It has dawned on me that when Dan put this section together that it would be quite informative. Unfortunately, I don't think it is really doing our industry any good because of the lack of readers and the lack of comments. It is almost as if most people (contractors) don't read this because they don't think that a case of CO poisoning will happen to them on their watch. Ignorance is not a good legal defense in the eyes of the court.
Education is key, and anyone who deals with a flame has the exposure necessary for a carbon monoxide situation. I can name the people who will read this and comment on it on one hand, and that is not right, because as I said, ANYONE who deals with FLAME (oil, gas, coal, wood, LP etc) is in the arena of Carbon Monoxide exposure. It is not my intent to belittle people into participating on this forum. It is my intent to teach what I know in hopes of getting more and better participation, and hopefully actual participation in the field.
I am in the process of inspecting candidate boiler rooms of numerous MFD dwellings here in Colorado for possible replacement, and one key component is a review of the combustion analysis and venting considerations of existing buildings. The eventual end process here is to replace these dinosaurs with high efficiency sealed combustion systems, which doesn't completely eliminate the possibility of a CO case, but significantly alleviates it. And not all of these "candidates" will receive funding necessary to replace their dinosaur burners, and the CO potential may remain behind, so I feel it is important to address these situations.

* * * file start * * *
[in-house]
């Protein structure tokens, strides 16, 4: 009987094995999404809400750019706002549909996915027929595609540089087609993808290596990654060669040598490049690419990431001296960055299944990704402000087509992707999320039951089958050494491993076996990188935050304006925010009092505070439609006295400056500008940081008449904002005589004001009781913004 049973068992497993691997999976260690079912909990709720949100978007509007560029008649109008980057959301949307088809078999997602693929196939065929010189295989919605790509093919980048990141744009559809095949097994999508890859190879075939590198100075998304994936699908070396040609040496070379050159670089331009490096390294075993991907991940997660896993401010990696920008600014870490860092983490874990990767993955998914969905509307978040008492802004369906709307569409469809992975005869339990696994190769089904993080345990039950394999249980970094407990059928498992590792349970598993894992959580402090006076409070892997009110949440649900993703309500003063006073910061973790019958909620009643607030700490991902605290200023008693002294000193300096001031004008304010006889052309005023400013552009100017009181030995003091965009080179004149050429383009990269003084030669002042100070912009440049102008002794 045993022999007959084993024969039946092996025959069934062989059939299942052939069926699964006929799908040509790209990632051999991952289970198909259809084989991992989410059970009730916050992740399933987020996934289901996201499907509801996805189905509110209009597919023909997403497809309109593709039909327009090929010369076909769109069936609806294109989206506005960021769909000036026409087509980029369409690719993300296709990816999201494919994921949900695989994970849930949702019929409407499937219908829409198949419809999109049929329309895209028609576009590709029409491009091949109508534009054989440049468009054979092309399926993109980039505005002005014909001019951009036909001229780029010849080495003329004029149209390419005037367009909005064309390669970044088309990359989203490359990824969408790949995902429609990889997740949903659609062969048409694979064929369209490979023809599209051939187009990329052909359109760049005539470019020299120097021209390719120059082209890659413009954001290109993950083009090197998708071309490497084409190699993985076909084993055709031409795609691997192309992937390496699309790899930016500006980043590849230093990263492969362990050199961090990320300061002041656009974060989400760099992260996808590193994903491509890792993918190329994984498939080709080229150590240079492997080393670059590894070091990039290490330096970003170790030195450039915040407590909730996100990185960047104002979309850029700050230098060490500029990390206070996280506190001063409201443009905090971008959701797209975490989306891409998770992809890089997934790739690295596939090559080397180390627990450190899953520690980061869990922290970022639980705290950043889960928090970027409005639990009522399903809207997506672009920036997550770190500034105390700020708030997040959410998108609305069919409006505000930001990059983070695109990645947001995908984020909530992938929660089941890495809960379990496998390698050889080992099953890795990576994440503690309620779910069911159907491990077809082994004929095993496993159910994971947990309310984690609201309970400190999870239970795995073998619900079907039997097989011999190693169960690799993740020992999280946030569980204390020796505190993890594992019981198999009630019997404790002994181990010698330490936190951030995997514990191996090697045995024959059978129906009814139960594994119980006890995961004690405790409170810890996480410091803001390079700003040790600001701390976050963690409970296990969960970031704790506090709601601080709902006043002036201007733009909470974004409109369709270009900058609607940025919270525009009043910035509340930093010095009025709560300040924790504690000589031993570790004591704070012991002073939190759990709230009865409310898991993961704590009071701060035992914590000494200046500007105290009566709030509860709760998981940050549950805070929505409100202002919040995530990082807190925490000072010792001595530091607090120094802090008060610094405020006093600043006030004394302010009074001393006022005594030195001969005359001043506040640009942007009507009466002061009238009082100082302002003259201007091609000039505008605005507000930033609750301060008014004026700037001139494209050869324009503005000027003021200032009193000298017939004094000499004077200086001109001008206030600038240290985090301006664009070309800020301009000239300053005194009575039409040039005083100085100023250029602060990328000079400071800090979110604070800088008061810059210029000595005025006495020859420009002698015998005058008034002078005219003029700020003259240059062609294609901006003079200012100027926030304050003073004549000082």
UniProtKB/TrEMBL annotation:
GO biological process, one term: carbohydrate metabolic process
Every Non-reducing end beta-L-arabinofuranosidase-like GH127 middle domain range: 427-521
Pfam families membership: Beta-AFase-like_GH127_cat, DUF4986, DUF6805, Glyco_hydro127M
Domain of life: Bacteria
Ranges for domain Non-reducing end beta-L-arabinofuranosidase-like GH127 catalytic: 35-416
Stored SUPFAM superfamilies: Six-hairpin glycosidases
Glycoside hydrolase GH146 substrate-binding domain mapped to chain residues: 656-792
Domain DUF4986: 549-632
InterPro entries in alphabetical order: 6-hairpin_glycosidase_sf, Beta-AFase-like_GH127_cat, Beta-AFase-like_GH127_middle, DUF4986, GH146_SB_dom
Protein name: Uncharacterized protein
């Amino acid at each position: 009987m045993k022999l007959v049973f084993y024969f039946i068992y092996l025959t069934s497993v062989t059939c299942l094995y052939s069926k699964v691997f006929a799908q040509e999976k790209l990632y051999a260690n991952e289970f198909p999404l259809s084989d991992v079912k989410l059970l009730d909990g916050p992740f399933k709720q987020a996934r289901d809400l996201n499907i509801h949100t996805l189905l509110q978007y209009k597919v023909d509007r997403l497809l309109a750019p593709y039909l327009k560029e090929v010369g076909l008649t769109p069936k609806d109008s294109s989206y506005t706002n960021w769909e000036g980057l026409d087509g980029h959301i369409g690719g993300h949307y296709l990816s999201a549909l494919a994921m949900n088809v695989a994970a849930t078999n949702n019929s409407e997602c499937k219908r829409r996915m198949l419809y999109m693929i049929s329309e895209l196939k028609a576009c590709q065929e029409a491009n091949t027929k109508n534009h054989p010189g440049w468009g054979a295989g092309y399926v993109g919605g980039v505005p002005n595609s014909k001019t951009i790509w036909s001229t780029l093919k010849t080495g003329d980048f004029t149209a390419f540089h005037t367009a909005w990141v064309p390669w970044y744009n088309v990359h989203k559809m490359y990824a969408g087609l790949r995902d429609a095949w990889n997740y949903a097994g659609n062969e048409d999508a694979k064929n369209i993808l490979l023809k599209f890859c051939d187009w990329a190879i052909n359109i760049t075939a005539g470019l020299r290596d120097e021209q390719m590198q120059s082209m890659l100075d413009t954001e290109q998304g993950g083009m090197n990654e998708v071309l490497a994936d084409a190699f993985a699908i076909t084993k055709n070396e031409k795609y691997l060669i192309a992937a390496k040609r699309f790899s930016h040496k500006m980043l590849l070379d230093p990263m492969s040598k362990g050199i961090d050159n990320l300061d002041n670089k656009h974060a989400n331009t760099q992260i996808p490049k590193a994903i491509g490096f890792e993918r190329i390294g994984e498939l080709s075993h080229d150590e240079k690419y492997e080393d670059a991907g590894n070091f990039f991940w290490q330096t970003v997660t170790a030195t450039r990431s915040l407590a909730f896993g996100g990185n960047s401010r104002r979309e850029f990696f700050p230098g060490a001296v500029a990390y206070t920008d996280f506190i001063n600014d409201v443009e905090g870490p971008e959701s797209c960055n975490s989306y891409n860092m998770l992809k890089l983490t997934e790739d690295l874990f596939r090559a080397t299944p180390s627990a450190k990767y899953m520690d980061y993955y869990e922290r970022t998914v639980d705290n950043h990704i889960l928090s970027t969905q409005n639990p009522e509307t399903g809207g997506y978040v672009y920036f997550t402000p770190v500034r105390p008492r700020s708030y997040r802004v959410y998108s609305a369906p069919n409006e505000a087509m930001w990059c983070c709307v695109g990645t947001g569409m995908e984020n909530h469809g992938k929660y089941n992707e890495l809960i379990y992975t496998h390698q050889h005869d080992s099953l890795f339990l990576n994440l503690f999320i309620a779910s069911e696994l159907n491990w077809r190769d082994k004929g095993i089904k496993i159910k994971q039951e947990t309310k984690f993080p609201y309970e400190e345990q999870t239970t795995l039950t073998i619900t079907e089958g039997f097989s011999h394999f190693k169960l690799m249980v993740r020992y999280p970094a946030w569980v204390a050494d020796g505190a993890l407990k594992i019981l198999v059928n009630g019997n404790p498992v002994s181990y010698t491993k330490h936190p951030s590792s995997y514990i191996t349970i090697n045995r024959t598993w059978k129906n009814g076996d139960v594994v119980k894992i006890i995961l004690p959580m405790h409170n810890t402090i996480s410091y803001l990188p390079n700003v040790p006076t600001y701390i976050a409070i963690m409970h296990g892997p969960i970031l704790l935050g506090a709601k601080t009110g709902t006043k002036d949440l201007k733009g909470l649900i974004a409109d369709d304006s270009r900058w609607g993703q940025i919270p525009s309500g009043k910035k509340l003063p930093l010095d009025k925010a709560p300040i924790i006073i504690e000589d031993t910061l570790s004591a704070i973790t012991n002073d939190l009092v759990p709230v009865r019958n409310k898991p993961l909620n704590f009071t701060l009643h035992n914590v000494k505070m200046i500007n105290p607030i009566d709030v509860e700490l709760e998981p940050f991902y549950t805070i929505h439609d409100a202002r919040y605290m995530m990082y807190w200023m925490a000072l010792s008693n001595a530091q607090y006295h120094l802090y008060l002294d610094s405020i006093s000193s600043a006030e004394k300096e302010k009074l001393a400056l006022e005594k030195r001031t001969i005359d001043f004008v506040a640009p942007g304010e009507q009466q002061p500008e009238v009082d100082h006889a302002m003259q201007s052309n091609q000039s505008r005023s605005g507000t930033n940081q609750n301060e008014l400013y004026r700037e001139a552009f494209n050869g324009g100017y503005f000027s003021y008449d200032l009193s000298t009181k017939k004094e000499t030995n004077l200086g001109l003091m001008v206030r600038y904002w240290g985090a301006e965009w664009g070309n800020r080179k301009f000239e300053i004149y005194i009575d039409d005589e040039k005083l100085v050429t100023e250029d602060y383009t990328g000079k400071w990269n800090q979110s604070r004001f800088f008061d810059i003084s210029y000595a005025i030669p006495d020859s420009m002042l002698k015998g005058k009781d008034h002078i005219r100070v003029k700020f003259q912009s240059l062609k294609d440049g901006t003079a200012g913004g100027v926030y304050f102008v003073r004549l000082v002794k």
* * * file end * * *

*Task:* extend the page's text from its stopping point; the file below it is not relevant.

I am certain that Timmy Mc will chime in here because I know he has a deep and great interest in educating people on CO, and how to eliminate the potential exposure, and I appreciate his input and wisdom in this delicate area.
The one common thread that I am finding on all of these projects is poor manufacturer designs as it pertains to appliance draft hoods, and inadequate/improper draft in the combustion zone that ends up creating their own set of problems as it pertains to the production of CO, and the eventual possible spillage of same. And what is even more important, is that what I am seeing in the filed is typical and representative of what is the "norm" out in the field.
Let's face it. If you have flame, you have CO. In all of my years of dragging combustion analyzers through the field, I have come across ONE appliance that had ZERO carbon monoxide in the flue gas stream, and oddly enough, that appliance was improperly applied. It was a small (< 75K tbuH) atmospheric cast iron boiler, that was missing its draft hood (bell shaped) and was directly connected to a masonry flue (unlined). And that is the ONLY appliance I have ever seen that had zero CO . Every other appliance I have inspected had CO to one degree or another in the flue gas stream.
Back to the draft issue. The fixed, integral draft relief hood, by its design and nature, is a physical disconnect between the main chimney, and the connected appliance. During my inspections last week, I was seeing ZERO negative draft at the appliance draft relief hood where flue gas samples were being drawn, and theoretically, in order for the combustion zone to work correctly, there should be at least -.02" W.C. pressure at that point.